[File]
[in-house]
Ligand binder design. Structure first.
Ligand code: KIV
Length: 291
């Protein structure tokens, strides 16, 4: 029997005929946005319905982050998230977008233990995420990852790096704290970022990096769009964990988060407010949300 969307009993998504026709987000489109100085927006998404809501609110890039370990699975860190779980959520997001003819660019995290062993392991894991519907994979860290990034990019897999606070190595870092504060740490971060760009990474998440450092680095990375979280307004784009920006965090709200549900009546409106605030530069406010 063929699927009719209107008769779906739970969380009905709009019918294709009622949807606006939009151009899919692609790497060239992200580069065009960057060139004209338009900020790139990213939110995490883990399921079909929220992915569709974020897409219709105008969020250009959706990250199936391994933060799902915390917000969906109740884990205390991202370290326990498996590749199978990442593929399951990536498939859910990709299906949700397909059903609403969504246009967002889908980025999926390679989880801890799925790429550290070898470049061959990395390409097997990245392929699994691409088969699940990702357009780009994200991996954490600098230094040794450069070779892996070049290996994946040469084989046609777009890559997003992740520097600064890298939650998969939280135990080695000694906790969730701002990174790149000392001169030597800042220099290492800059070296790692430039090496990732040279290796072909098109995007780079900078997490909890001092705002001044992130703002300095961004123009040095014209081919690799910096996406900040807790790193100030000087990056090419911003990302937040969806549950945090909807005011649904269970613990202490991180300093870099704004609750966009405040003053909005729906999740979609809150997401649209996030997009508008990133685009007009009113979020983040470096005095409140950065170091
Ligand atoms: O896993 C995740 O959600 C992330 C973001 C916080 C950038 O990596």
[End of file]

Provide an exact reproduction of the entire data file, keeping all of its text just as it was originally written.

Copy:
[in-house]
Ligand binder design. Structure first.
Ligand code: KIV
Length: 291
């Protein structure tokens, strides 16, 4: 029997005929946005319905982050998230977008233990995420990852790096704290970022990096769009964990988060407010949300 969307009993998504026709987000489109100085927006998404809501609110890039370990699975860190779980959520997001003819660019995290062993392991894991519907994979860290990034990019897999606070190595870092504060740490971060760009990474998440450092680095990375979280307004784009920006965090709200549900009546409106605030530069406010 063929699927009719209107008769779906739970969380009905709009019918294709009622949807606006939009151009899919692609790497060239992200580069065009960057060139004209338009900020790139990213939110995490883990399921079909929220992915569709974020897409219709105008969020250009959706990250199936391994933060799902915390917000969906109740884990205390991202370290326990498996590749199978990442593929399951990536498939859910990709299906949700397909059903609403969504246009967002889908980025999926390679989880801890799925790429550290070898470049061959990395390409097997990245392929699994691409088969699940990702357009780009994200991996954490600098230094040794450069070779892996070049290996994946040469084989046609777009890559997003992740520097600064890298939650998969939280135990080695000694906790969730701002990174790149000392001169030597800042220099290492800059070296790692430039090496990732040279290796072909098109995007780079900078997490909890001092705002001044992130703002300095961004123009040095014209081919690799910096996406900040807790790193100030000087990056090419911003990302937040969806549950945090909807005011649904269970613990202490991180300093870099704004609750966009405040003053909005729906999740979609809150997401649209996030997009508008990133685009007009009113979020983040470096005095409140950065170091
Ligand atoms: O896993 C995740 O959600 C992330 C973001 C916080 C950038 O990596």